Only a semi-tricky quiz

Discussion in 'Radio Circuits, Repair & Performance' started by KL7AJ, Sep 10, 2017.

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  1. AI3V

    AI3V Ham Member QRZ Page

    I see what you did there! :)

    Rege
     
  2. N2EY

    N2EY Ham Member QRZ Page

    But you need a physical voltage source and a meter to do the measurement!

    FAIL

    Bad question, Eric. Moving goalposts fallacy.

    Read some "Quist Quiz" items from QST to get the hang of it.
     
  3. K8ERV

    K8ERV Ham Member QRZ Page

    I'm going back to sleep. I don't parallel resistors, I just demand that one is the exact value I need.
    Works for me.

    TOM K8ERV Montrose Colo
     
  4. WA7PRC

    WA7PRC Ham Member QRZ Page

    "Using only Ohm's Law to find the total resistance" implies that, in order to solve for R, you MUST know at least two of the three others, E, I, and P:
    [​IMG]
     
  5. KA9JLM

    KA9JLM Ham Member QRZ Page

    Sometimes you need to.

    When I do, I just measure the value and let my meter do the math.

    It is not rocket science.
     
  6. K8ERV

    K8ERV Ham Member QRZ Page

    Here is a fixture I made for V Fixture.jpg easily connecting parts to a meter. You can put several resistors across it to get the
    right trim group.

    TOM K8ERV Montrose Colo
     
    N0TZU and KA9JLM like this.
  7. G4COE

    G4COE Ham Member QRZ Page

    Daves law..... er sorree-:

    Kirchhoff's law

     
  8. WA7ARK

    WA7ARK Ham Member QRZ Page

    To solve it, you can use Ohm's Law, superposition, and some simple algebra.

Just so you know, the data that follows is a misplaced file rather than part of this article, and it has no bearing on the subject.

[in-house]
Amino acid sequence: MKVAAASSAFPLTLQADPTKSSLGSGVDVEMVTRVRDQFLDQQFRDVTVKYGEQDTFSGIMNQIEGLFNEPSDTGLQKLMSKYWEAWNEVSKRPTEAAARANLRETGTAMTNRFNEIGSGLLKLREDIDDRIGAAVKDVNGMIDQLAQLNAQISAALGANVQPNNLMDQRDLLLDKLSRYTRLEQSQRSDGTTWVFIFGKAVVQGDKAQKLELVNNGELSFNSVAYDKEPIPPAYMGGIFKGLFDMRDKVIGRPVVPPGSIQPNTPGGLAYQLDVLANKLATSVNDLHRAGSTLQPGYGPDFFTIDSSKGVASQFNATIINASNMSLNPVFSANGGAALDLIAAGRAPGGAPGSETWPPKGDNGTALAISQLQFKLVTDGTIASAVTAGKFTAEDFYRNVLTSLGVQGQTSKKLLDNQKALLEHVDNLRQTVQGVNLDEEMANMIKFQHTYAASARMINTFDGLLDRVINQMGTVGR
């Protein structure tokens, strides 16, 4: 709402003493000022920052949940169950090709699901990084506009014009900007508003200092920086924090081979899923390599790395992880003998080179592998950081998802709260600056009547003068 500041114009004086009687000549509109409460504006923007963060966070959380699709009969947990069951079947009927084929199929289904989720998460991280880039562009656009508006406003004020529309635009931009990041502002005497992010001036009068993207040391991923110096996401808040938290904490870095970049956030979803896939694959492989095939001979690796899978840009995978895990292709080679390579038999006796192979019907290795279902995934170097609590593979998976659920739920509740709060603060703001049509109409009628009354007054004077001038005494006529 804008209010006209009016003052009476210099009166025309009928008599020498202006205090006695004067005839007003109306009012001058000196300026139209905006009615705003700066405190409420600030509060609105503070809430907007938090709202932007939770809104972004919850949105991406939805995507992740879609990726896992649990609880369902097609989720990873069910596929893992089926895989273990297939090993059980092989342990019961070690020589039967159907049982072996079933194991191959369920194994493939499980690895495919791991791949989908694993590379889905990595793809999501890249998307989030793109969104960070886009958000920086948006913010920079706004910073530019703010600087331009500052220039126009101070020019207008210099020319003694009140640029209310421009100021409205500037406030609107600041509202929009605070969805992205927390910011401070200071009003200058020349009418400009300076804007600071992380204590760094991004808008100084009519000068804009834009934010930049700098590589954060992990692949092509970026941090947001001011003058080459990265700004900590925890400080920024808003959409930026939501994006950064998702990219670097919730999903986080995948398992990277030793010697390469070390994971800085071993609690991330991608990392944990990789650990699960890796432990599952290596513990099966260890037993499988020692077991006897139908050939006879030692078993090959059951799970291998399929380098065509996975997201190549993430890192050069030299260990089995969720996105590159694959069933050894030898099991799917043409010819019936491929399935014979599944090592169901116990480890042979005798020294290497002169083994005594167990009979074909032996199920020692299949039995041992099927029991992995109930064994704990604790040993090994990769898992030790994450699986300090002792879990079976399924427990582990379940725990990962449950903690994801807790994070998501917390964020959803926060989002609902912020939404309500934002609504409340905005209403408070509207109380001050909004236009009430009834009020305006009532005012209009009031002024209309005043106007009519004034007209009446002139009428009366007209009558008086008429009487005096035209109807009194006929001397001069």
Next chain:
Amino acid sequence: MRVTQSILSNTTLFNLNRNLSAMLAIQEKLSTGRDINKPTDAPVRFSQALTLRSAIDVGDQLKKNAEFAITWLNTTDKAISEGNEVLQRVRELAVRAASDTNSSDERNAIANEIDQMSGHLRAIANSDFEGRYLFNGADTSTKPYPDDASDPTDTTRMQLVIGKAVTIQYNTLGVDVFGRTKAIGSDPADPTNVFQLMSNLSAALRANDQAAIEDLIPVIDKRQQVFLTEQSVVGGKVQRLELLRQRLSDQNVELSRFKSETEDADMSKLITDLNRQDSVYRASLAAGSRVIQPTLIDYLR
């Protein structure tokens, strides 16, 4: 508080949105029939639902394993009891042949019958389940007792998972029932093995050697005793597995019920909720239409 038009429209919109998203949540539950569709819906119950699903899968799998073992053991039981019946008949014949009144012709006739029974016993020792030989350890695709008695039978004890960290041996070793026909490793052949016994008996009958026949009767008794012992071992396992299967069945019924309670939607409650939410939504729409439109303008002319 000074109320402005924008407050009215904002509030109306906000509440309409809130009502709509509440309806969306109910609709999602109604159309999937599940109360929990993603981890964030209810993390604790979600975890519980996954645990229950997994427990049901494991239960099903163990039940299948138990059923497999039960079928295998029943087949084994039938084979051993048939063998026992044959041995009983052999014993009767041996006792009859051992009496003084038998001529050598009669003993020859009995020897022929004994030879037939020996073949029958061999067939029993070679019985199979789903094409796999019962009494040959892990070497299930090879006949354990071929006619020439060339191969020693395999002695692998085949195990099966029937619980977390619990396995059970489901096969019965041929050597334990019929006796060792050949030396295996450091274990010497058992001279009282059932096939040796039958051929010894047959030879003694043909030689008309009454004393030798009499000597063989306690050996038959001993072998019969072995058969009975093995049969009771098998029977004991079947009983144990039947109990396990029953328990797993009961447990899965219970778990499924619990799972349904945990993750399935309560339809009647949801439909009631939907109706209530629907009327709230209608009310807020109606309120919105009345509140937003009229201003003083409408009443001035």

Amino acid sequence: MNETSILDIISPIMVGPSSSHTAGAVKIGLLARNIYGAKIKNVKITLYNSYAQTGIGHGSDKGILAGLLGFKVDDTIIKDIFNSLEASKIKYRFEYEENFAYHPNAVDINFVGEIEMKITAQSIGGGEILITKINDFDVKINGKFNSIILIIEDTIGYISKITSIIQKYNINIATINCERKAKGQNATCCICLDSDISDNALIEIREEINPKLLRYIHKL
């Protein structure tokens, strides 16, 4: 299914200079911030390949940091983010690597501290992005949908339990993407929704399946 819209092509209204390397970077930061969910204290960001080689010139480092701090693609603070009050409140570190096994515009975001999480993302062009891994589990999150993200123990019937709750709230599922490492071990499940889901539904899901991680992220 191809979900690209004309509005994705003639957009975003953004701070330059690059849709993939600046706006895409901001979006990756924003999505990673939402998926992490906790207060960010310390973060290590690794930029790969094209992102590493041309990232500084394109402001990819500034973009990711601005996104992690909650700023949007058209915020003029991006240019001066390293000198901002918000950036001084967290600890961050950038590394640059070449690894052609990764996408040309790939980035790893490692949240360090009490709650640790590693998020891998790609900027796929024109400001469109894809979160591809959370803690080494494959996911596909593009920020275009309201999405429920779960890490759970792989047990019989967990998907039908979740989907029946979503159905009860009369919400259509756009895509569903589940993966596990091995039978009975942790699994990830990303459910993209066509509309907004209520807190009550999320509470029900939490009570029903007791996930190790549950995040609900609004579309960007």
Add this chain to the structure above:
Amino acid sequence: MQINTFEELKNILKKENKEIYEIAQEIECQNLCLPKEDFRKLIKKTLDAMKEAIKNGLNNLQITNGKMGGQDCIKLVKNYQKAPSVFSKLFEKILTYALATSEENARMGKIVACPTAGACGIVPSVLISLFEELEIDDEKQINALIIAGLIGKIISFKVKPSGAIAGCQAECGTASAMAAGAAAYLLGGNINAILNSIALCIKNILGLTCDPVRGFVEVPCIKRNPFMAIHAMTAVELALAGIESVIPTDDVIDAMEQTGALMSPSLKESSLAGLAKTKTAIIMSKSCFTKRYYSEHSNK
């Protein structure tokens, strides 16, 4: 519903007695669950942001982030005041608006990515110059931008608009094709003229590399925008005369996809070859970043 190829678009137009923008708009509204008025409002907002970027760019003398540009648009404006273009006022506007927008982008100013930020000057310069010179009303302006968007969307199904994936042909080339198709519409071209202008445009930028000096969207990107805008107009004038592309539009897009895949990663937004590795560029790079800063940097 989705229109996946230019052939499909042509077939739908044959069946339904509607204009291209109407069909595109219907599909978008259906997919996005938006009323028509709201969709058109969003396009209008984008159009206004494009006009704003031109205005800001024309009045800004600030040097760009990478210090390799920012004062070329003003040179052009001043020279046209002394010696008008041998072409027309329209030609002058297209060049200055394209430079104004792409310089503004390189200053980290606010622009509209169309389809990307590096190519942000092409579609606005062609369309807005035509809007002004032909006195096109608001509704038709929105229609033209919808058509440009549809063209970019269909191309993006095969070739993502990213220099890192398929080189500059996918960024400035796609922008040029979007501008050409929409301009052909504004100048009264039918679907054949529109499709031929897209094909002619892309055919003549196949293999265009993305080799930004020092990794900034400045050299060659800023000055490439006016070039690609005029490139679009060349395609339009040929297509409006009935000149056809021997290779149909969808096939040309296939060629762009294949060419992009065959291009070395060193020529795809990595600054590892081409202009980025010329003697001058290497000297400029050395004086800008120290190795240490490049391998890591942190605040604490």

If you have a constant-voltage source of E Volts, and you connect a resistor R1 across it, the current from the supply is I1 = E/R1

    If you connect a resistor R2 across E, the current from the supply is I2 = E/R2.

    Now if you connect both resistors at the same time, E is still E Volts because it is ideal, so the supply's total current is I1 + I2. This is obvious, but it is also implied by the principle of superposition. This is also stated by Kirchoff's Current Law, but we got here without using it.

    By extension, if you have five resistors, the total current
    Itot = I1 + I2 + I3 + I4 + I5

    By substitution,
    Itot = E/R1 + E/R2 + E/R3 + E/R4 + E/R5

    Factoring,
    Itot = E/(1/R1 + 1/R2 +1/R3 +1/R4 +1/R5)

    We are trying to find the effective Resistance Rtot which would draw the same current from E as the five parallel ones.

    By Ohms law,
    Rtot = E/Itot

    By substitution,
    Rtot = E/(E/(1/R1 + 1/R2 +1/R3 +1/R4 +1/R5))

    Simplifying,
    Rtot =1/(1/R1 + 1/R2 +1/R3 +1/R4 +1/R5)

    Which is the "reciprocal of the sum of the reciprocals" we all remember...

    Notice that I never had to assume E was anything in particular, like 1V
     
  9. WR2E

    WR2E Ham Member QRZ Page

    But you don't, and you don't need it.

    Yes, and it's still using strictly only Ohm's Law, so Tom was correct.

    The 'tin star' was awarded to a guy who used a 1V test source and a means to measure current.
     
    Last edited: Sep 14, 2017
  10. K8ERV

    K8ERV Ham Member QRZ Page

    You expected less?

    TOM K8ERV Montrose Colo
     
    WR2E likes this.

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